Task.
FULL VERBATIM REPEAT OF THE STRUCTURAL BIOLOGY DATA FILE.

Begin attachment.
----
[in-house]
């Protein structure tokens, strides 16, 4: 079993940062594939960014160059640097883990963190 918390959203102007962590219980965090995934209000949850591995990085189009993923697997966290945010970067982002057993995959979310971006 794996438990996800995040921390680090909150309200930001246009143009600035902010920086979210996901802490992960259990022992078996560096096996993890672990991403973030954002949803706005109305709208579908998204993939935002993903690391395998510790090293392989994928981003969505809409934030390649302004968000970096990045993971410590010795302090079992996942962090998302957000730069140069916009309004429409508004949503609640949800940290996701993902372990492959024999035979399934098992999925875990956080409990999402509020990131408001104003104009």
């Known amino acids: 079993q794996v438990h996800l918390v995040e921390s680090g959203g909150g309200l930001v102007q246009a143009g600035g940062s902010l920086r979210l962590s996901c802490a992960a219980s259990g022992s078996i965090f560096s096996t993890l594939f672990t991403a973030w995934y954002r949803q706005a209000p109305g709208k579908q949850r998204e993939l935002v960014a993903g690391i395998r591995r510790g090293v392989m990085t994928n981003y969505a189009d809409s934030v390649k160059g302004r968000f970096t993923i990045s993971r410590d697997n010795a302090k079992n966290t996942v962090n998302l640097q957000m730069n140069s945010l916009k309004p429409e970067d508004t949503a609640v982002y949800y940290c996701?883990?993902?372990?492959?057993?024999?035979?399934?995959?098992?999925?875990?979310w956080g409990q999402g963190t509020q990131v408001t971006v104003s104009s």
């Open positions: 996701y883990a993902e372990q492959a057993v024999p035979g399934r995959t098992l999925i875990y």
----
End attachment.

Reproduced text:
[in-house]
């Protein structure tokens, strides 16, 4: 079993940062594939960014160059640097883990963190 918390959203102007962590219980965090995934209000949850591995990085189009993923697997966290945010970067982002057993995959979310971006 794996438990996800995040921390680090909150309200930001246009143009600035902010920086979210996901802490992960259990022992078996560096096996993890672990991403973030954002949803706005109305709208579908998204993939935002993903690391395998510790090293392989994928981003969505809409934030390649302004968000970096990045993971410590010795302090079992996942962090998302957000730069140069916009309004429409508004949503609640949800940290996701993902372990492959024999035979399934098992999925875990956080409990999402509020990131408001104003104009």
């Known amino acids: 079993q794996v438990h996800l918390v995040e921390s680090g959203g909150g309200l930001v102007q246009a143009g600035g940062s902010l920086r979210l962590s996901c802490a992960a219980s259990g022992s078996i965090f560096s096996t993890l594939f672990t991403a973030w995934y954002r949803q706005a209000p109305g709208k579908q949850r998204e993939l935002v960014a993903g690391i395998r591995r510790g090293v392989m990085t994928n981003y969505a189009d809409s934030v390649k160059g302004r968000f970096t993923i990045s993971r410590d697997n010795a302090k079992n966290t996942v962090n998302l640097q957000m730069n140069s945010l916009k309004p429409e970067d508004t949503a609640v982002y949800y940290c996701?883990?993902?372990?492959?057993?024999?035979?399934?995959?098992?999925?875990?979310w956080g409990q999402g963190t509020q990131v408001t971006v104003s104009s």
């Open positions: 996701y883990a993902e372990q492959a057993v024999p035979g399934r995959t098992l999925i875990y």